Their concerns grow from the heated debate over whether
radiation from cell phones, Wi-Fi computers and other
wireless devices can cause cancer or other ailments. They
want a moratorium on installing the SmartMeters to measure
electricity and gas use.
"We are being increasingly exposed to an exponential amount
of radio frequency radiation," said Sebastopol resident
Sandi Maurer. "Now there are going to be two of these things
in every home.
Maurer is the founder of the EMF Safety Network, a
clearinghouse for information on the possible dangers of
electromagnetic fields. She and other residents persuaded
the Sebastopol City Council this month to ask California
energy regulators to stop SmartMeter installation while the
possible health risks can be assessed.
PG&E has already fielded complaints that the advanced meters
aren't accurate, a charge the utility insists isn't true.
Other people have complained that the meters make it too
easy for PG&E to disconnect customers who have fallen behind
on their bills, because now power can be turned off without
sending a technician to a customer's house.
We believe our SmartMeter equipment is completely safe" and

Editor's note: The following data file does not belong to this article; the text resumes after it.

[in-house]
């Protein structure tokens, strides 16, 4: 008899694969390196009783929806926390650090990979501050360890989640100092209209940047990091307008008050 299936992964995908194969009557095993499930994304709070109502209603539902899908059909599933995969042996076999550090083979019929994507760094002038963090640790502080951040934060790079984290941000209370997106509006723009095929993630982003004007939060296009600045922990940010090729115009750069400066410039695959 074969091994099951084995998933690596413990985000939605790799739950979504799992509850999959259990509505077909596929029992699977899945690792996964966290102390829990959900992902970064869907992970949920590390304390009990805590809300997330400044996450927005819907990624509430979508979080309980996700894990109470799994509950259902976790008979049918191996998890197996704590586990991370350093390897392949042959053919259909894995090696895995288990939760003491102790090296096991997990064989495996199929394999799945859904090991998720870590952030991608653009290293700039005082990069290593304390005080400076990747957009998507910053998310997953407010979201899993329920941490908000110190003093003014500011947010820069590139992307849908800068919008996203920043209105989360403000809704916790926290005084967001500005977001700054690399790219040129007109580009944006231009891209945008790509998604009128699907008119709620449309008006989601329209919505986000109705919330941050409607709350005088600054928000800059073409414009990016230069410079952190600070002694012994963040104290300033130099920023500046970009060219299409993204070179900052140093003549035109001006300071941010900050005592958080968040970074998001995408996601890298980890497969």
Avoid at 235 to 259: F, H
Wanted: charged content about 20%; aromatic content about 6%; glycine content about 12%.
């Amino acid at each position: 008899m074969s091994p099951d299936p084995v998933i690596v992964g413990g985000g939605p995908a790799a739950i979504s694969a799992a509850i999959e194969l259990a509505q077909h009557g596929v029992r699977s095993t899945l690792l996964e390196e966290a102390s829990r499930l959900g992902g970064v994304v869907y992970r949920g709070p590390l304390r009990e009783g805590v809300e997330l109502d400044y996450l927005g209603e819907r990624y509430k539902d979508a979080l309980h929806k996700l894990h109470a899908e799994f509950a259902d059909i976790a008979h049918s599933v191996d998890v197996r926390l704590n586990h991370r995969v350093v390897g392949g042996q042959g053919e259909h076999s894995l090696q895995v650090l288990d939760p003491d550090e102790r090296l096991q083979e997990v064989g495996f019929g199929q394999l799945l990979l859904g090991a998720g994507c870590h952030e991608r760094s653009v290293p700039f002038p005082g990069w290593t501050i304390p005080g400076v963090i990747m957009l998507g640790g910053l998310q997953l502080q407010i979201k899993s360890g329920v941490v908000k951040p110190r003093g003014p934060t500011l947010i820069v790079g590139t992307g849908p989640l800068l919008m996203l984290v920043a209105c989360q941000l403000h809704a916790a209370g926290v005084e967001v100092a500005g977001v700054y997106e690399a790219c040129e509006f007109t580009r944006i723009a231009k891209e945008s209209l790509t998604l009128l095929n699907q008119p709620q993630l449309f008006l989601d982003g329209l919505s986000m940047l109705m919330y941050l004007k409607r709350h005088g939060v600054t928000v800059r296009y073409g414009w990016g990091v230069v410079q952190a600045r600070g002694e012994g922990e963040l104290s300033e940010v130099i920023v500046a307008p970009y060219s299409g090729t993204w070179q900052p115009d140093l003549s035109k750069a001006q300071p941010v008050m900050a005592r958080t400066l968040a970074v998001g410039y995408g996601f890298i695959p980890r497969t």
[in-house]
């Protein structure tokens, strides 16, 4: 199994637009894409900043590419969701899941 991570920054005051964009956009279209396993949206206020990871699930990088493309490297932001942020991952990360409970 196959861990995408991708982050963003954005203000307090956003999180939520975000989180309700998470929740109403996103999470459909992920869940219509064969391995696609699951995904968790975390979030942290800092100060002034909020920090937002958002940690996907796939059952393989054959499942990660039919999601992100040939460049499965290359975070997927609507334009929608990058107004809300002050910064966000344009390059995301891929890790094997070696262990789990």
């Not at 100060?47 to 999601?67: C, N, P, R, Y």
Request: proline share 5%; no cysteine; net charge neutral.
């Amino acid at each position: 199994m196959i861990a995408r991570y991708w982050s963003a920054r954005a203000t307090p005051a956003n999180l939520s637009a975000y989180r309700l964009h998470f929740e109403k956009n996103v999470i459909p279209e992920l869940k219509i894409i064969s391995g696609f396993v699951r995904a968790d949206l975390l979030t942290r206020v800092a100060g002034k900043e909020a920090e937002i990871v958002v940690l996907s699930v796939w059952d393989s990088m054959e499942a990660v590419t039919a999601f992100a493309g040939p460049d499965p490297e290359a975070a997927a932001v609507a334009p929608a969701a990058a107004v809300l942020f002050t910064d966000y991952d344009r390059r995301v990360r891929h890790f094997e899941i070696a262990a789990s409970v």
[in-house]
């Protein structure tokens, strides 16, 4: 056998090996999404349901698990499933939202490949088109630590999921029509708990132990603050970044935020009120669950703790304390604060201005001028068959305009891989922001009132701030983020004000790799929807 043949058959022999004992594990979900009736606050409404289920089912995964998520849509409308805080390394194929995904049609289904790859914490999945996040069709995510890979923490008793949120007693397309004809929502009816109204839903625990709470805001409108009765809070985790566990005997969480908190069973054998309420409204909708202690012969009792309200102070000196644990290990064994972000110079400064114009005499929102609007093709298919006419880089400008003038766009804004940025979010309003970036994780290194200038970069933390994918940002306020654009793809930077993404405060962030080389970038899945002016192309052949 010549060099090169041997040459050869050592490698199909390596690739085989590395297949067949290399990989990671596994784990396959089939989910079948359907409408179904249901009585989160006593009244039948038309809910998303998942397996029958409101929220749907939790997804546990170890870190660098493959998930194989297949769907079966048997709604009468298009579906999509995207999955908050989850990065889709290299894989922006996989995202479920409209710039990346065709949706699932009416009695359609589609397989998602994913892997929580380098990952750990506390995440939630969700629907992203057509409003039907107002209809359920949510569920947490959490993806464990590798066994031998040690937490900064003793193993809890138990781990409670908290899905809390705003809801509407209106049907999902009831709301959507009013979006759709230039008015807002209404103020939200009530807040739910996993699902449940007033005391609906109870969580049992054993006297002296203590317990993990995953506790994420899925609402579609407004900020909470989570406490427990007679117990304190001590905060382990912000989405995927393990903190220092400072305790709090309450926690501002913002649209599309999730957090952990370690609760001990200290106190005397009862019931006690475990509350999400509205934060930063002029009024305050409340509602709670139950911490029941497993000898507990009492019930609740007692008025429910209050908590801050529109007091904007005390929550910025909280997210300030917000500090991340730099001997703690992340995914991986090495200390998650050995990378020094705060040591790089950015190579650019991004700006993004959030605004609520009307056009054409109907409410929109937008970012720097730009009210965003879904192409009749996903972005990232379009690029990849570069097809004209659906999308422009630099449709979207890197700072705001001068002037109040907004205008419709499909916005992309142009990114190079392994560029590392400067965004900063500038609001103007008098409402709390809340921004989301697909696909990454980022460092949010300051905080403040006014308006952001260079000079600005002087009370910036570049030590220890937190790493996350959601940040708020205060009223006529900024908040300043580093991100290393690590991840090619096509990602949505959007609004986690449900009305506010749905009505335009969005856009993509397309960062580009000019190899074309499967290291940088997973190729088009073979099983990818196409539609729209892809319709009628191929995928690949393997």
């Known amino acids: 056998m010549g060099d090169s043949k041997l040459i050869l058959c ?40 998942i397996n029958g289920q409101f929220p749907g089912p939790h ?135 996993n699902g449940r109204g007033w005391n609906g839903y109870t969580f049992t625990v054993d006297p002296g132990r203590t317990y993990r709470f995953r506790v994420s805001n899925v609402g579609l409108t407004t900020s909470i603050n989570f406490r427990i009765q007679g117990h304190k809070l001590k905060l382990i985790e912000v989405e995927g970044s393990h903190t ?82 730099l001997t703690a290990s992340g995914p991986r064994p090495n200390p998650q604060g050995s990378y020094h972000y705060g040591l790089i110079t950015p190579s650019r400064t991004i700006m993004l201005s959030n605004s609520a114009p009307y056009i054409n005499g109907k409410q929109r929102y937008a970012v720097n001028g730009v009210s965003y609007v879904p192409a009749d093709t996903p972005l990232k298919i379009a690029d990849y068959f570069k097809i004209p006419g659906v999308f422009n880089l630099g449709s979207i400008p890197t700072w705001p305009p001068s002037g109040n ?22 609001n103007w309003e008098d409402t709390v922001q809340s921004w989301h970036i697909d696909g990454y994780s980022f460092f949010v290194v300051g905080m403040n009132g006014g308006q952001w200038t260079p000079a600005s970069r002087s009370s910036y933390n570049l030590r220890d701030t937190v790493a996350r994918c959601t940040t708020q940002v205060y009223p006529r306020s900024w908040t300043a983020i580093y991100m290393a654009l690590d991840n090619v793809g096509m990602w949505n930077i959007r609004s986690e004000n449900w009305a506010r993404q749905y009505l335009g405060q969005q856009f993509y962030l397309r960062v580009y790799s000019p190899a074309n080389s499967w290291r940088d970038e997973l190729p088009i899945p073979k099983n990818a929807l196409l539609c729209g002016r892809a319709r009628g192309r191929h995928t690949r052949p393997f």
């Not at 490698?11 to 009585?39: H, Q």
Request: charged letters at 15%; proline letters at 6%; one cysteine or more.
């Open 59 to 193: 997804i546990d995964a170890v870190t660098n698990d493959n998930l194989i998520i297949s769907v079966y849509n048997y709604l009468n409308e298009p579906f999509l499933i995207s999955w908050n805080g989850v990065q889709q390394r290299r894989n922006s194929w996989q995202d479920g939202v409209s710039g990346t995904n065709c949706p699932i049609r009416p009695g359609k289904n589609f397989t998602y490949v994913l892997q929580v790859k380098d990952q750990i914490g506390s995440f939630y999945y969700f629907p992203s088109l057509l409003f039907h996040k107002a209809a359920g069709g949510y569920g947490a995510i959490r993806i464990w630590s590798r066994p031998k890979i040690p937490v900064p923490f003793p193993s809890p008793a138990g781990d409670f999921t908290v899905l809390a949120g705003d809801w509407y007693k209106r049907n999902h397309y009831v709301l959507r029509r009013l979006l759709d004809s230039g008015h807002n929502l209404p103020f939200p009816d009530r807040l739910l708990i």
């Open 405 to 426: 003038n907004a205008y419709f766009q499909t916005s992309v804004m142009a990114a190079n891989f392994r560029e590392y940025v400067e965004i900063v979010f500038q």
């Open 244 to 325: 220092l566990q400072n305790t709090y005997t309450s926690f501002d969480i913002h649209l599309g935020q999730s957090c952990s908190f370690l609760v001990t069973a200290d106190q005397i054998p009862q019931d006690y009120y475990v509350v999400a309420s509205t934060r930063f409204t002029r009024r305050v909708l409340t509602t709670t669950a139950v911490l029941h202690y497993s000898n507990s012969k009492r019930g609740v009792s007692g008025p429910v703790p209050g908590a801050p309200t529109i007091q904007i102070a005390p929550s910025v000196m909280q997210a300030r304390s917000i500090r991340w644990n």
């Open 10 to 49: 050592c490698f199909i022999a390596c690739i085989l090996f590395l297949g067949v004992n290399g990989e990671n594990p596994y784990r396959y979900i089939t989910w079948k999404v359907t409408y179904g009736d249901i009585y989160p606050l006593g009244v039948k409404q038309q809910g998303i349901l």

falls within all Federal Communications Commission
guidelines, spokesman Paul Moreno said. In addition, people
won't hold SmartMeters to their heads head for minutes at a
time, Moreno said.
"They're in different ballparks," he said.
The possible risk of cell phones and other mobile devices
remains in deep dispute. The radiation those devices emit
does not carry enough energy to disrupt DNA. Most studies
have shown no potential harm to human health, but some have
raised doubts - enough that research continues.
For every report you can find that says it may be a hazard,
you can find one that says it isn't," said Sebastopol City
Council member Kathleen Shaffer.
"For me, if we're going to pay for them, and we have to have
them, they have to work," Shaffer said.
Maurer isn't reassured that PG&E's SmartMeters meet federal
standards - she considers those much too low. Two years ago,
she helped persuade the Sebastopol City Council to turn down
a project to provide free wireless Internet service in the
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